• Did the witness do anything that might be considered “eccentric” by ordinary folk, before or during the encounter? Phantasms are inquisitive about bizarre or freaky behavior, so they tend to manifest themselves at such times, as if they want to “join in”. If yes, then
    Genuine
  • Are toys or children’s play things involved? Phantasms like to play and the simplest and most modest toys fascinate their curiosity. If yes, then
    Genuine
  • Did the witness hear any inexplicable noise? Have all natural causes of those noises been ruled out? If yes, then
    Genuine
  • Did the witness perceive unexplained shadows? Have all the natural causes of such shadows been ruled out? If yes, then
    Genuine
  • Did the witness notice any apparent change in the air’s density, i.e. smothering, stifling, clogging, airless? If yes, then
    Genuine
  • Were pets, especially dogs or cats, behaving strangely or abnormally before or during the encounter? Other creatures have an extended field of vision. Dogs and cats hear higher pitched noises than us. They also have an advanced olfactory system (sense of smell) and, like many animals, can sense seismic activity. If yes, then
    Genuine

Words: @neilmach 2020 ©

Please let me know how you get on! Tweet me @neilmach

Neil Mach is author of “So You Want to Write Fantasy?” and host of the Myth & Magic fantasy writer’s podcast.

Five ways to over-deliver in your next novel

Five ways to over-deliver in your next novel

A story to be told

1: Make sure you treat your characters as if they are “real” actors playing a part in your production. Treat them like valuable artists and they will become your most precious assets. What does this mean? It means that the person on the page ought to be seen (by you) as “real”. The participants in your novel have their own basic emotions, needs, wants, and requirements. But you, as the author / director of the narrative, will want these troupers to “appear” in the production and to act a part. So be kind to them. Negotiate with them, reward them, reassure them, and flatter them. I like to imagine that they are waiting outside in a dressing room and preparing their lines. You will walk in and announce that you are looking for a hero, or a champion, or maybe a rogue or even a minor role, for example a bartender or a school secretary, and everyone who enrolls will advance forward to shout “Choose me! Choose Me!” They all want to be in your production. They are keen to help…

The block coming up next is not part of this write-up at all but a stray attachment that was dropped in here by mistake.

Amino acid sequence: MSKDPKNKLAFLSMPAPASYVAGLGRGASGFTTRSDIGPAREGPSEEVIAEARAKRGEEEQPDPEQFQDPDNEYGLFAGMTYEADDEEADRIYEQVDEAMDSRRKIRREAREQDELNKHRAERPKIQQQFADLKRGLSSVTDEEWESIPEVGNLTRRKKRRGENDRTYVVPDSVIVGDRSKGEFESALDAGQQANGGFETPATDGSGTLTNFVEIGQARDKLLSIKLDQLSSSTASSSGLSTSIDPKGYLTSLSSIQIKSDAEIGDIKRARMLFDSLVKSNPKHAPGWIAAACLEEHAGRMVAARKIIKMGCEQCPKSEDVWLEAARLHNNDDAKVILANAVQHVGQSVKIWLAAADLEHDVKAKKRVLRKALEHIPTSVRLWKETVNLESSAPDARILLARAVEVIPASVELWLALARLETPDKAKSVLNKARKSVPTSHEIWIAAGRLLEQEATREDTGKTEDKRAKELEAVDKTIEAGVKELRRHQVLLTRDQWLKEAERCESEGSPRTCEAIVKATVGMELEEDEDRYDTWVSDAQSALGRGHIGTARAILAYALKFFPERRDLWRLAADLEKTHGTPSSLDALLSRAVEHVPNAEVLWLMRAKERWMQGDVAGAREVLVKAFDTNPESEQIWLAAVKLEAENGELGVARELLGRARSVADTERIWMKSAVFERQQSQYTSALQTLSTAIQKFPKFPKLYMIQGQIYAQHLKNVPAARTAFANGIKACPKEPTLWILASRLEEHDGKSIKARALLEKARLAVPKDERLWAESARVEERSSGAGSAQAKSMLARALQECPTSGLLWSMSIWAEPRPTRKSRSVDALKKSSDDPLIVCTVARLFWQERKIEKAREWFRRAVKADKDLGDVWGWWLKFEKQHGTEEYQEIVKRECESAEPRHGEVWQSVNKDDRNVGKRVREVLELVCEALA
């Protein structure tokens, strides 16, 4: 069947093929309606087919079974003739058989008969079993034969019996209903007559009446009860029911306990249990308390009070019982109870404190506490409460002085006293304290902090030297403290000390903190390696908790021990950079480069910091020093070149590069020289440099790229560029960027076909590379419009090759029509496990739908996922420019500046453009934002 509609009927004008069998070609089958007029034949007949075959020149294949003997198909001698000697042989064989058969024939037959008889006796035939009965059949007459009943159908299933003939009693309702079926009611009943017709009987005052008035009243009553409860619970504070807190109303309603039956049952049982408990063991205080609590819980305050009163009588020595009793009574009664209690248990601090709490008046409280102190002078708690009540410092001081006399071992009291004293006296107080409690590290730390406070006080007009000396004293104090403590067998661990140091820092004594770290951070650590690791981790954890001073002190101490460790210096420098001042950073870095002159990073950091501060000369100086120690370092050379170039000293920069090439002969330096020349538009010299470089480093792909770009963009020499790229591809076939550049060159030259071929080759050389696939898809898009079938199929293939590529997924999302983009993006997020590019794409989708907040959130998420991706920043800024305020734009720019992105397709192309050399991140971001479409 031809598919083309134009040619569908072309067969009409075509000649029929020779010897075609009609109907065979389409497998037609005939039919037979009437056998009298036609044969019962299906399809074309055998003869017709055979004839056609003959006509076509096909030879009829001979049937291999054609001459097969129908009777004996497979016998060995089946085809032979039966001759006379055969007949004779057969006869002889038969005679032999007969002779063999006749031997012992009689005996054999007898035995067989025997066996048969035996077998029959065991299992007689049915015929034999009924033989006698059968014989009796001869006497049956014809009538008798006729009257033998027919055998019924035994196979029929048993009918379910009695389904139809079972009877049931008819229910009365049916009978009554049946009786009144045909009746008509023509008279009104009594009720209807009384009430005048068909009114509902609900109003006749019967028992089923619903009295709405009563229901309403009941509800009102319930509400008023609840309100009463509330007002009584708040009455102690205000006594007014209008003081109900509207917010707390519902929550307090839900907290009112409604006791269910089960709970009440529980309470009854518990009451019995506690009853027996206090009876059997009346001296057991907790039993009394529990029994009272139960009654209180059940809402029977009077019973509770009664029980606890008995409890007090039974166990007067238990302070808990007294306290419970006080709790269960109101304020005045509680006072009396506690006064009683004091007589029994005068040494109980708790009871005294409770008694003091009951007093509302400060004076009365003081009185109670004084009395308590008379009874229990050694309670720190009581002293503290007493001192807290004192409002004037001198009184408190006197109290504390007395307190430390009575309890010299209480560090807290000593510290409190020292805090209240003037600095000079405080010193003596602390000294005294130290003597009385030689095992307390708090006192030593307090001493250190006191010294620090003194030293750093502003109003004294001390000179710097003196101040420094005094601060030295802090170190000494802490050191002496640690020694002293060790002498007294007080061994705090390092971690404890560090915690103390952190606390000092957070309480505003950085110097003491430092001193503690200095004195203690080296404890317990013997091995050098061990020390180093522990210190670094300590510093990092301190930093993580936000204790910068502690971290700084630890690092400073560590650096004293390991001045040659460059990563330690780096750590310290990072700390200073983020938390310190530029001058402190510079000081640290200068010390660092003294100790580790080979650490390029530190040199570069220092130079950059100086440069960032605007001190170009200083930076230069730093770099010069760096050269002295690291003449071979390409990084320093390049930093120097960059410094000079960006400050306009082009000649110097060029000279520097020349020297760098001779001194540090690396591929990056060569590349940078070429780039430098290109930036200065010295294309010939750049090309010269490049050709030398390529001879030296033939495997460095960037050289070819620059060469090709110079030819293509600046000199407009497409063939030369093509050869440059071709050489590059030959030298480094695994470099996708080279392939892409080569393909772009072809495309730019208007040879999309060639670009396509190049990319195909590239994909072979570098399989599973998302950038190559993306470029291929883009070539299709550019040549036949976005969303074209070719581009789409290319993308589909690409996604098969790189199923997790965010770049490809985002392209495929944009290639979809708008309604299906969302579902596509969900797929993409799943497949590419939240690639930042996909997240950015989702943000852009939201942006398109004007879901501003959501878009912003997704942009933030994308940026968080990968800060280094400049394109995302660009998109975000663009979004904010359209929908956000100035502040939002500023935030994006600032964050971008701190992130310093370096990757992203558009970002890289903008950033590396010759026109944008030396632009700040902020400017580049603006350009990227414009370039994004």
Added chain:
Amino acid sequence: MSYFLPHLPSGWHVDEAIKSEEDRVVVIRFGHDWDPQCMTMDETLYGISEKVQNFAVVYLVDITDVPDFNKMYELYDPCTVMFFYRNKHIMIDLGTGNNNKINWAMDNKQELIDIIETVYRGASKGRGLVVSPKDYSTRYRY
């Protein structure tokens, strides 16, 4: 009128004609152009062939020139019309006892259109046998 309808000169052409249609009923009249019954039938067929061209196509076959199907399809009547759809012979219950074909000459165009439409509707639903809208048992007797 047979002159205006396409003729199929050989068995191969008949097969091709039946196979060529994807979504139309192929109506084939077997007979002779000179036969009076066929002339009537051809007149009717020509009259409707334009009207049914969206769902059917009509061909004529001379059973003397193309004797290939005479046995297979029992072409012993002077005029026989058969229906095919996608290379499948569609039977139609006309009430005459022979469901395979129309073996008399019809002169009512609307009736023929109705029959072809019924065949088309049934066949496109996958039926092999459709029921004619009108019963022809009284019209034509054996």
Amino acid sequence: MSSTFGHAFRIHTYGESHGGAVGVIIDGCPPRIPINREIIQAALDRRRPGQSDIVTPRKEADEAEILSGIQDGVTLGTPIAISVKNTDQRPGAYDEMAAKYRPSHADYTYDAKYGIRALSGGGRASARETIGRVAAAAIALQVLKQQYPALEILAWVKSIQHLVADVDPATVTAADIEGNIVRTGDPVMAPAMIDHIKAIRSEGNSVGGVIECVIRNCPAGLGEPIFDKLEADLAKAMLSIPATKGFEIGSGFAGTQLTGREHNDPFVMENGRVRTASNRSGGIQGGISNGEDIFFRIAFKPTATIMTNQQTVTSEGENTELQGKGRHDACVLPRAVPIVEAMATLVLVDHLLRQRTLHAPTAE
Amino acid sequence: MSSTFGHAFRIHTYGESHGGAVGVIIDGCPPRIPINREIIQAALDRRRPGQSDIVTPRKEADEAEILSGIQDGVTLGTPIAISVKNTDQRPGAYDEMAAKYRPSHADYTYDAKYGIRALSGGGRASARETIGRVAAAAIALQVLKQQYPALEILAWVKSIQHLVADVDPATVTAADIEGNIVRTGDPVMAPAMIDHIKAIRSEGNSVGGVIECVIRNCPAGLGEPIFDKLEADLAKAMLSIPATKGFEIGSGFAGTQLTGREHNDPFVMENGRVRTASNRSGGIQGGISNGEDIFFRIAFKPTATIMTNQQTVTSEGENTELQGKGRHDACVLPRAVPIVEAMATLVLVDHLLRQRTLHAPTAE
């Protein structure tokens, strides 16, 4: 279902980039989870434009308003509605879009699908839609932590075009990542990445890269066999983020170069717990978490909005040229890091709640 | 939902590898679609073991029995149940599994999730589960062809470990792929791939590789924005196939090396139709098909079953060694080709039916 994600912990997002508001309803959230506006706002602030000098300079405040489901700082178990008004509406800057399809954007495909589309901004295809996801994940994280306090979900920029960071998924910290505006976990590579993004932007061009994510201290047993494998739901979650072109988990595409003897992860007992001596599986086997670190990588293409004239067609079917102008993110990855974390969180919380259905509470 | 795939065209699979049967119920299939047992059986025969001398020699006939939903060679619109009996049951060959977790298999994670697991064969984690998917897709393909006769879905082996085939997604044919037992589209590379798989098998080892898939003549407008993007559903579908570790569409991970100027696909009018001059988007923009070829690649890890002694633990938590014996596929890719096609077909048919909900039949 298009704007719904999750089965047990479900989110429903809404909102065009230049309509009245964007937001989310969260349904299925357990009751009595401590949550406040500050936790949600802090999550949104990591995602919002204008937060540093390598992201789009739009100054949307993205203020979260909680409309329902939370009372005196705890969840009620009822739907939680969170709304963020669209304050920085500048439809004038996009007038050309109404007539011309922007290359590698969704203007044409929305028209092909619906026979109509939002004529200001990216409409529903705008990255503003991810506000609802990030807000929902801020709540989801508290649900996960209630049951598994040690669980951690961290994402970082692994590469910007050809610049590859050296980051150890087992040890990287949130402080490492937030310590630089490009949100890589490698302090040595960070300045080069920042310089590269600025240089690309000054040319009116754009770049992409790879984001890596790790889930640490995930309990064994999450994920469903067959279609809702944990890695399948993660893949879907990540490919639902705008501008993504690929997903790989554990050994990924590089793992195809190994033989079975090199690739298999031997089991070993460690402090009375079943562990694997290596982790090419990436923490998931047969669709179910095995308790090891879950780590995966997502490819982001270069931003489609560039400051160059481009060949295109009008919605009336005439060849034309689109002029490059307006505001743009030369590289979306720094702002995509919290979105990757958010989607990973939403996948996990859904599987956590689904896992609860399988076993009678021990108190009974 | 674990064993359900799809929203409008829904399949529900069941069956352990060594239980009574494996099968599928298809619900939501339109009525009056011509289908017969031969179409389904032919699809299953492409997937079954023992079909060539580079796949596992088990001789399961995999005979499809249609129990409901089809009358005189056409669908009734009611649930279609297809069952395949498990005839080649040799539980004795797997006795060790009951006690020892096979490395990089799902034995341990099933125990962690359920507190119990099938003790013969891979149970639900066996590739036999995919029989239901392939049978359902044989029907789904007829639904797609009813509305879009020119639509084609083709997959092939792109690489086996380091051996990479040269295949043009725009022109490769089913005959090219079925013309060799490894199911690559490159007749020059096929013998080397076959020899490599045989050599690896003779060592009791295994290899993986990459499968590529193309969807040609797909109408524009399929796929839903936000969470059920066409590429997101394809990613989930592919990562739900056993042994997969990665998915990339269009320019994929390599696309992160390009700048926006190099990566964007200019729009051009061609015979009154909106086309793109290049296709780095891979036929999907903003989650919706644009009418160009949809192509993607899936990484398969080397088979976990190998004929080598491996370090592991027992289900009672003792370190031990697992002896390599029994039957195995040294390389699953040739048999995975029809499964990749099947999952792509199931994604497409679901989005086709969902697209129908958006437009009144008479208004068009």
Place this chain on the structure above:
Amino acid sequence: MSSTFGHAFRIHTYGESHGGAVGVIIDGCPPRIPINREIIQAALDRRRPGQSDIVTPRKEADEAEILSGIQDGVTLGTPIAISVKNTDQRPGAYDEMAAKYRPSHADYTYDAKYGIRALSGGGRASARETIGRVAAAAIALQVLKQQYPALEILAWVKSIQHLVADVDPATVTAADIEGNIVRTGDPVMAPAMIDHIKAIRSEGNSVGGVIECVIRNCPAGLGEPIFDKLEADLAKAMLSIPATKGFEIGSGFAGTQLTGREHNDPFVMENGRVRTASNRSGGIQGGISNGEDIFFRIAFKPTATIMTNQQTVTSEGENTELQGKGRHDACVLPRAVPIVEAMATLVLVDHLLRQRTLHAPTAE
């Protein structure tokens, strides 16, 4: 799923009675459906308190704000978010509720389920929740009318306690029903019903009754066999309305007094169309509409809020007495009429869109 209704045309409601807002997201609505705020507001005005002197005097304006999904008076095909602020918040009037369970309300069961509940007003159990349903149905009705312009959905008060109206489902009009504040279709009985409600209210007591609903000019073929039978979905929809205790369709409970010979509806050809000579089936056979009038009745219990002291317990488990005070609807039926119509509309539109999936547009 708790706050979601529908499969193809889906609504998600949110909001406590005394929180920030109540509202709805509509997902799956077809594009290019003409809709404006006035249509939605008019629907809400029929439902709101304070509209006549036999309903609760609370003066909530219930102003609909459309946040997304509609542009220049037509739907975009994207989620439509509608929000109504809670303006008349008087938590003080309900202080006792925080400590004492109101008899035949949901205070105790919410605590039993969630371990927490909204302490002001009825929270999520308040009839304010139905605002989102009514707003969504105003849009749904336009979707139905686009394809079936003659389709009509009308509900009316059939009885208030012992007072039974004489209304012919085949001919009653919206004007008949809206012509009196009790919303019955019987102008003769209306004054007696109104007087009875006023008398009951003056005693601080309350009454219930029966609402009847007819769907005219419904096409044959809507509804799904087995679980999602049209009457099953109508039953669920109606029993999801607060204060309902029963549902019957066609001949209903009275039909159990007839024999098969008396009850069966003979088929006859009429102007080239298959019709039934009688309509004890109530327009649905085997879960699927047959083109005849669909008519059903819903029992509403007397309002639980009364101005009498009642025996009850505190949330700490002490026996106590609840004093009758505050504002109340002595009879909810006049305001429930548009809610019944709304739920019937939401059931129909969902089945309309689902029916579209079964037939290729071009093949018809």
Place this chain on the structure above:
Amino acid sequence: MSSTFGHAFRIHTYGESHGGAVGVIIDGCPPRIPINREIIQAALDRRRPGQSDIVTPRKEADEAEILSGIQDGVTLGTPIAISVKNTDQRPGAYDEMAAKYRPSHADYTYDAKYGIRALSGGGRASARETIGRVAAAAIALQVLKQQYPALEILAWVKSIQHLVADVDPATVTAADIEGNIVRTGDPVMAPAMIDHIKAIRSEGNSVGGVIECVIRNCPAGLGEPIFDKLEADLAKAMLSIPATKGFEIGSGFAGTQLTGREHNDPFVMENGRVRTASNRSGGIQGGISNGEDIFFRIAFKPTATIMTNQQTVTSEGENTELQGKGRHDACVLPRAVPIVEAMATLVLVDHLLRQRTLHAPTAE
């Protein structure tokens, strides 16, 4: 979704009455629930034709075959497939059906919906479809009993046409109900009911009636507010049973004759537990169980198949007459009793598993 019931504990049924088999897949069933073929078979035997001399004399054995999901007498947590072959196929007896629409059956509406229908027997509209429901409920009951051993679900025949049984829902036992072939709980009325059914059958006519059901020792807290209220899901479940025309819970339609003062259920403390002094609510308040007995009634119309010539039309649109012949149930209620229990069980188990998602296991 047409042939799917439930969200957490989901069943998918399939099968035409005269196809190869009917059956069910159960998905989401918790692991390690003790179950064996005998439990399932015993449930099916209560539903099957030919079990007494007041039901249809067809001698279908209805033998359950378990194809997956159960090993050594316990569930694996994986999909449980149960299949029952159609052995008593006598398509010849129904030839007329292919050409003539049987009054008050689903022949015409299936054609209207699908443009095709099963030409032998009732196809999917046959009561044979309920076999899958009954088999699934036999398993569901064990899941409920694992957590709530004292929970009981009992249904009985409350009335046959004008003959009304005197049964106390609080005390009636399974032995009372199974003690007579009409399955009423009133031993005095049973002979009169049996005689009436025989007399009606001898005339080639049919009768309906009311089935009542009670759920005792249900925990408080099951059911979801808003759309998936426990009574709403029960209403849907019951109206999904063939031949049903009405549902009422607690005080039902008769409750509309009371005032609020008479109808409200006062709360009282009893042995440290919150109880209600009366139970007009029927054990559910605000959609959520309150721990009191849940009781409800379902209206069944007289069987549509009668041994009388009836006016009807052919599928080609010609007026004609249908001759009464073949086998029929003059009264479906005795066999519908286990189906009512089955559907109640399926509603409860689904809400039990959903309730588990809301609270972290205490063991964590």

Think of it this way, if I offered you or your best friend a minor role in a big-budget movie, you (they) would take it seriously, right? Wouldn’t you want to give your role some personality, oomph, pizzazz, persona or other uniqueness? Yes, of course you would. So, treat your actors (background roles, or otherwise) as performance players on your movie set.

If you follow this advice, the characters will not be “cardboard cutouts” of proper people. They will absolutely be proper people!

2: Give all your people a set of positive and negative traits. I mean, everyone. If you fill your actors with what I call “Kinetic Potential” they won’t let you down. They will entertain and reward you. But this means that you will have to make them “wholly rounded” individuals, and this will require them to take-on some negative as well as positive traits (and vice versa for antagonists). So find two or three “negatives” for your protagonist; for example, a Harry Potter type character is also impulsive, obsessive, reckless (choose your own, these are just my suggestions!)

And you don’t have to make your antagonist admirable or likable… but why not make Him, Her or It more convincing by creating a genuinely three-dimensional anti-hero that betrays positive (yes, positive) traits? For example, Lord Voldemort is a charismatic leader, Darth Vader is a skilled space-pilot, and Dracula is an attentive and passionate lover.

I use the Negative Trait Thesaurus by Angela Ackerman and Becca Puglisi, and I hope you will too. It helps because it provides the visual clues, the non-verbal “ticks” — if you like — so it means you will tend to “show” rather than tell (which is a good thing!)

3: Give your characters identifiable obstacles. We don’t all have a physical disadvantage or a history of abuse, right? We are not all orphans. So it’s hard to precisely relate to these burdens, isn’t it? But we have all lost something that we treasured. We have all found ourselves on the wrong side of events or arguments. We have all done poorly in an important test. We have all felt bad because we could not achieve what we wanted. We have all missed-out on a treat or a reward. We have all been scared of not living up to someone else’s standards. We have all been disappointed. So give your characters obstacles that will be understandable to all readers. So they might feel empathy.